We track our work in a database with a WWW front-end.
You'll need to learn how it's used,
as it's fundamental to all of our technical work.
It has a
as well as a more detailed way to search, the so-called
The latter was originally intended for viewing all of CSCF's work,
however it can also be useful in providing various ways of looking at your own work.
It can help you organize and prioritize your work,
provide information for others should they have to take over when
you're away (i.e. provide "business continuity"),
and provide a measure of the nature and quantity of problems we face
(to aid in planning).
We call the system "ST" (Service Tracker).
It is based upon a rather old version of
RT (Request Tracker)
although it now bears little resemblance to either the original
or to the current version.
Many still refer to it as "RT", out of habit.
There are three versions of the interfaces,
"debug", "beta", and "production".
As a CSCF staff member, please be sure to use the "beta" versions
(as referenced in this document).
If in doubt, check the URL, as the initial part should end in "_beta"
(rather than in "_debug", or nothing special at all).
That way changes to the interface are well tested before they graduate
to the "production" version, used by those CSCF clients who wish to.
Who Uses It
We make ST records ourselves; we do not expect our clients to have to do that.
That's why the ST interface is located in our
"internal" WWW space, not in a public WWW page.
That doesn't mean that clients are forbidden from using ST;
just that they're never required to.
In some cases it has proven handy for them to do so.
When is it Used
In general, you should record almost all of your work in ST.
It's the primary way of recording your work for the benefit of
yourself and other CSCF staff.
Some examples of work that benefit from being recorded are:
- recurrent problems
- solutions to problems - howto's
- especially when non-trivial thinking time required
- non-trivial elapsed time and work still not completed
- any work for research support
Research support is a special case in that we're required to
track the time spent on the work.
Time tracking is not a requirement for other work,
so use your own judgement as to whether you use ST
to record time spent working on any problem
not related to research support.
Note that ST isn't intended as a replacement for documenting
standard procedures. If something is to be done repeatedly,
it deserves to be documented in our
documentation, in a way that's easy for others to find and use.
Creating a Record
When creating an ST record, be sure to include who the work is
for in the "E-mail" (or "Userid") field.
When looking at the details of a record
(selected via the "#" column in the work listing),
most of the attribute names (also called field names)
link to a description of what they mean.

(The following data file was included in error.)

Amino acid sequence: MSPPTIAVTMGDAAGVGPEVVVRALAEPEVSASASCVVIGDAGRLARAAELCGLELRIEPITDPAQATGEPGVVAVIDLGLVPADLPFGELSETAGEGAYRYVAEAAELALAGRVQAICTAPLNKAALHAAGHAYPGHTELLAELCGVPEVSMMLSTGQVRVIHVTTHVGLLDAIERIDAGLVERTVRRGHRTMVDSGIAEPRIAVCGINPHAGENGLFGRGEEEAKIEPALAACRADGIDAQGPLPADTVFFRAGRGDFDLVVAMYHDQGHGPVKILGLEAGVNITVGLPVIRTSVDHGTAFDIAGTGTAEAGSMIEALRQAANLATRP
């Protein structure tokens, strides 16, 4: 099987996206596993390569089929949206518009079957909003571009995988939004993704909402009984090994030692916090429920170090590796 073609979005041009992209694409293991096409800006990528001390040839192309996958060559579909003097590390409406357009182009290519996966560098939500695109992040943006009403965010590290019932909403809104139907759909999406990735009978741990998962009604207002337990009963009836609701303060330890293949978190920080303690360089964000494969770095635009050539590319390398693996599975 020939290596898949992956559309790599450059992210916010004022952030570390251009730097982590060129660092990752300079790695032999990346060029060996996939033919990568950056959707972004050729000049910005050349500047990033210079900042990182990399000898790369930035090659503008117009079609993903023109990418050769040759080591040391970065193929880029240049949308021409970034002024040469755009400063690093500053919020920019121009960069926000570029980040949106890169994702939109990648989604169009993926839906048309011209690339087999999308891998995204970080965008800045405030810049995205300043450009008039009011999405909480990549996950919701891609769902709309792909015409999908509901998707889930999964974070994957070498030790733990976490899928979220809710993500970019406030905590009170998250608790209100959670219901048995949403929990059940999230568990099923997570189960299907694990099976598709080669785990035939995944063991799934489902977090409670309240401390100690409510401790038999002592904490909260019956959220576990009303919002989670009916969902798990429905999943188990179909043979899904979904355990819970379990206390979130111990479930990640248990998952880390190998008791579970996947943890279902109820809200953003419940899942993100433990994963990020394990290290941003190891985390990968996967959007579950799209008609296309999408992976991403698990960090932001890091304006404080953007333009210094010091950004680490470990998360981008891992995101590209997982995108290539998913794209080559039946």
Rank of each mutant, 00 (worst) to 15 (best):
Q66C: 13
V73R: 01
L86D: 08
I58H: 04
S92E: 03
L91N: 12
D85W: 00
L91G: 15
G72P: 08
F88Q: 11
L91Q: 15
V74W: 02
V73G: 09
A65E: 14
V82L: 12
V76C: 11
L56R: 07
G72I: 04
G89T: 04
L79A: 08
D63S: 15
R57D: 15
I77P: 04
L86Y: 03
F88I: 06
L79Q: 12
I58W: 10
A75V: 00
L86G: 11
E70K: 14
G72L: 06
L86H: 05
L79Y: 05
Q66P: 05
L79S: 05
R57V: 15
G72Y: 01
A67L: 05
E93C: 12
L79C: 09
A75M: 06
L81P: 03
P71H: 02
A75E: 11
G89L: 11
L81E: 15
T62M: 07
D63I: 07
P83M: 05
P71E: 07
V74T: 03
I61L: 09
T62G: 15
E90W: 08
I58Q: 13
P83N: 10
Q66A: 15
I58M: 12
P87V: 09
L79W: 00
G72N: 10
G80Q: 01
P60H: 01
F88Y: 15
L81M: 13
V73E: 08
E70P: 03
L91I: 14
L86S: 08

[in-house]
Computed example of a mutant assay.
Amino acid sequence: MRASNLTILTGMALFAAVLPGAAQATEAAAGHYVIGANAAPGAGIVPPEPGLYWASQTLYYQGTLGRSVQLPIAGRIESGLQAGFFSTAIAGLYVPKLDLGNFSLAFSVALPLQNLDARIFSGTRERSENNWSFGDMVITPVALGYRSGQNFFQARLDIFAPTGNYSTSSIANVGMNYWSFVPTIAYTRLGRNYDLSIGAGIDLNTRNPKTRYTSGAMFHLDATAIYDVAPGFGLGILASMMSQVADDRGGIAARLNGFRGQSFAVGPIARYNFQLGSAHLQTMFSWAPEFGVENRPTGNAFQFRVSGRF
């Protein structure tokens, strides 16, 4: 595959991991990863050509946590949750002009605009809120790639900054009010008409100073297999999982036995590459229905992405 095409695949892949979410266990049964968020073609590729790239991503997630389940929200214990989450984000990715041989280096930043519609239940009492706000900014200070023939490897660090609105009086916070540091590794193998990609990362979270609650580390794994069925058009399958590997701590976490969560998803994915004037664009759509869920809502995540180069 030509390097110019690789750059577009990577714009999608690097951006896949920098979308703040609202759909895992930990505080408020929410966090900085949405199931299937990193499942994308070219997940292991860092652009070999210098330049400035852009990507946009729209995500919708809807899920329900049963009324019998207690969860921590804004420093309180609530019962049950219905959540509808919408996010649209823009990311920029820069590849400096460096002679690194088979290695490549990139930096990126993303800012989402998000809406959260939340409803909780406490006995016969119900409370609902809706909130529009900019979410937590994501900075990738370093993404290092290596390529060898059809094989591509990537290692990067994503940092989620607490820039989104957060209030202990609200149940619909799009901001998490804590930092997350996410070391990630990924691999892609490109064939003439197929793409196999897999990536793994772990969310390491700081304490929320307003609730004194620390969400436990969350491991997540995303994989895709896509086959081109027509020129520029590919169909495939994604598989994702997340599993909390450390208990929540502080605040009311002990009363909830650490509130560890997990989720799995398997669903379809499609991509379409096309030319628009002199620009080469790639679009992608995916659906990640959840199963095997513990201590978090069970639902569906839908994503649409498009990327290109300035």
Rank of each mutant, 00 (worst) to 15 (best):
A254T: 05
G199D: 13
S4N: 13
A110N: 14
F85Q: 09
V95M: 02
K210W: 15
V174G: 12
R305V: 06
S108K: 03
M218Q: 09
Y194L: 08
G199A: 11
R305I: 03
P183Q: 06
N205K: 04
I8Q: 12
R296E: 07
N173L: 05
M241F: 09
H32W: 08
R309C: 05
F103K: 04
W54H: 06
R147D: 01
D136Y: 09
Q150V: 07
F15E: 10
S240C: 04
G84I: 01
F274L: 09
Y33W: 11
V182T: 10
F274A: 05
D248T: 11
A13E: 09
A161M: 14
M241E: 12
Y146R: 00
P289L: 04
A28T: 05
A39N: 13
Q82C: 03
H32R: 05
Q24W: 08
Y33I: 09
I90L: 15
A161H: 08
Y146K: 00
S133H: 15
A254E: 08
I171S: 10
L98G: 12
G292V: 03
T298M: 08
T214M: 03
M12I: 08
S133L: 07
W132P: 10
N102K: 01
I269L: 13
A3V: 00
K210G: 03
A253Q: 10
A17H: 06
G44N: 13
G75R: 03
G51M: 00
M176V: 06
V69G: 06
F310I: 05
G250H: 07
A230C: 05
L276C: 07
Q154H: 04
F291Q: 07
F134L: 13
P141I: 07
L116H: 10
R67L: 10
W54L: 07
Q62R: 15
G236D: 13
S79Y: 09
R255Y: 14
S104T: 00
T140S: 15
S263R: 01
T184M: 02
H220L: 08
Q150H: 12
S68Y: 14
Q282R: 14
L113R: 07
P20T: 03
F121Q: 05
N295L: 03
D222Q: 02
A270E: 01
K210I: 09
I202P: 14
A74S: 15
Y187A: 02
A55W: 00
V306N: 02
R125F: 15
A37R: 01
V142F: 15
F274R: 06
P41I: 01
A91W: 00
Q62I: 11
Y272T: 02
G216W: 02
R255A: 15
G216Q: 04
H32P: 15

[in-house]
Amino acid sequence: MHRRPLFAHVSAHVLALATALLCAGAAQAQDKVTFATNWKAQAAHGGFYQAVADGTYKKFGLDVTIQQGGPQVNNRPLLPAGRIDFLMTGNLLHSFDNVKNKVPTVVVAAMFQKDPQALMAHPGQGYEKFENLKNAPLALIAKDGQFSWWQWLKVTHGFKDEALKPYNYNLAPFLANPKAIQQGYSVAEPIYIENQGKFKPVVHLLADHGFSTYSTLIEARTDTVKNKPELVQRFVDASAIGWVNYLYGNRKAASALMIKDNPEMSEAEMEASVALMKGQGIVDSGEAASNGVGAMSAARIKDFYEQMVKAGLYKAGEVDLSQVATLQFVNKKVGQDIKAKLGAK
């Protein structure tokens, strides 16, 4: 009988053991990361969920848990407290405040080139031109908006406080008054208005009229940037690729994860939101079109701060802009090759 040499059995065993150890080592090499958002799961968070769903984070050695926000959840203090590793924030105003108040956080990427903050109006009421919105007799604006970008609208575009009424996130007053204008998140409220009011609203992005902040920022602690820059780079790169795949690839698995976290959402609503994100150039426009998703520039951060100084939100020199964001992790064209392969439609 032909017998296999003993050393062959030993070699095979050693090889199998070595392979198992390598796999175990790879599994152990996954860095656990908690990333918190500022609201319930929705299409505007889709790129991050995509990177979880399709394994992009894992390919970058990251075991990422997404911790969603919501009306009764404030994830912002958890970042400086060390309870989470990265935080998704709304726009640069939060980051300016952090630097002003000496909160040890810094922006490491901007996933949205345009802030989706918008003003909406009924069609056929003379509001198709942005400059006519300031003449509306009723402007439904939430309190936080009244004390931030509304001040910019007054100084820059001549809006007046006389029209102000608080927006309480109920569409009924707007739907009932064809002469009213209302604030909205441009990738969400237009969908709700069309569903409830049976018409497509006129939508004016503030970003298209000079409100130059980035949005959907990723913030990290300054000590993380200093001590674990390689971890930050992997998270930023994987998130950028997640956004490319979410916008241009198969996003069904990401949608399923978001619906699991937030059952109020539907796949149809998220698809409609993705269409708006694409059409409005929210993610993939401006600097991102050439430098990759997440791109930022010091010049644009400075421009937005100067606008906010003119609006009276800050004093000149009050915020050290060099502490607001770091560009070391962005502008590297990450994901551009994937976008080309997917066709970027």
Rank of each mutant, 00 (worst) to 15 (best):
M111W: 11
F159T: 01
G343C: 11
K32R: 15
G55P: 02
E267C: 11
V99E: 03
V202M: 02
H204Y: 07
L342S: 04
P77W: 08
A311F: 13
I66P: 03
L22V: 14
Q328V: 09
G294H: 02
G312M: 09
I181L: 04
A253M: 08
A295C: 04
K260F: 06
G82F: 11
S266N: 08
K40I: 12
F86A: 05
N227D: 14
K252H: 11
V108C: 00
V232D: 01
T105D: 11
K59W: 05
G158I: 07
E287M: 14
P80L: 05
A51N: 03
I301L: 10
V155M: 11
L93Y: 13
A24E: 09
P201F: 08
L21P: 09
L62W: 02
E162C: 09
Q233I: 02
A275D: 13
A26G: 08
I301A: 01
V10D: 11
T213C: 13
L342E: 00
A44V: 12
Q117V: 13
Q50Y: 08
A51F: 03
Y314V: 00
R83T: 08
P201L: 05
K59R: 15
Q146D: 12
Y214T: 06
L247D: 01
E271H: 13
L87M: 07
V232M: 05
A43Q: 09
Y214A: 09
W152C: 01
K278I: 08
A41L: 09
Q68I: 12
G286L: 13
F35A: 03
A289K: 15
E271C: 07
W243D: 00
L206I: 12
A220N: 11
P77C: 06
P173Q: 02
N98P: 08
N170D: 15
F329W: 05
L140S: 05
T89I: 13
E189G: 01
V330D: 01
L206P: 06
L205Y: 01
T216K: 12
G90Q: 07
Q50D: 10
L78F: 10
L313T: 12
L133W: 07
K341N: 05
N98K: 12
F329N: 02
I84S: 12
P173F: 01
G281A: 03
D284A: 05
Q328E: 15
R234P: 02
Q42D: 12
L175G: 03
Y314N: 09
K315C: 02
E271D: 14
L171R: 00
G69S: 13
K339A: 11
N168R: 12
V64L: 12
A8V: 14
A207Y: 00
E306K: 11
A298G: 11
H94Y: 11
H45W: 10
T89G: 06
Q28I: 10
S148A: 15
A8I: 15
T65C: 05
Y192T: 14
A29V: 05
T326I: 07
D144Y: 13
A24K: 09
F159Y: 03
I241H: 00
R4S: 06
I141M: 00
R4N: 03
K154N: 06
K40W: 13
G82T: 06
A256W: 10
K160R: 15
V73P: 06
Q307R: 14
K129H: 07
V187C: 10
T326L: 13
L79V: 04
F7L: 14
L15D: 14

That's handy for reminding yourself what a field means;
there is also a reference list of all of the
descriptions of ST fields
Once you've made an ST record, there may be other fields that you want to set,
as the creation WWW page doesn't provide for setting all fields.
This should be done right after the ST record is created,
using the resulting update page.
E.g. it's almost always the case that the "owner" and "responsible"
fields should be set; quite often that's yourself.
The "E-mail" field (called "Userid" in the MFCF
describes who the work is being done for,
also known as the "requester".
The "CC" field is intended for those who wish to receive
the same e-mail that the requester does,
without being listed as a requester.
When a record is created by a CSCF staff member,
the "requester" does not
default to the staff member,
as the work is often being done for a client.
So for a client request, be sure to fill in the userid of your client,
not your own userid.
The "Subject" provides a one line summary of what is to be done.
It can optionally contain more information, if there is room.
Note that while the list of ancestors and dependencies in a record
display includes only the status and subject,
selecting "showing children as well", "showing ancestors as well", etc.
in the RunOn Sentence
and searching for a serial number will usually show the desired records,
with whatever fields you want.
It should be obvious to any reader (of a record) why the work is being done.
Typically that's recorded in the first comment.
In some cases, the ancestry of the record, or the subject, will make it clear.
Every record has a serial number, often written in the form "ST #NNNNN".
Email to and from the system uses the serial number.
When work requires making an additional record,
it is mentioned in the "Dependencies" field (as just the NNNNN number)
if it's made within our ST system,
or the "Other IDs" field if it's a request for another group/system.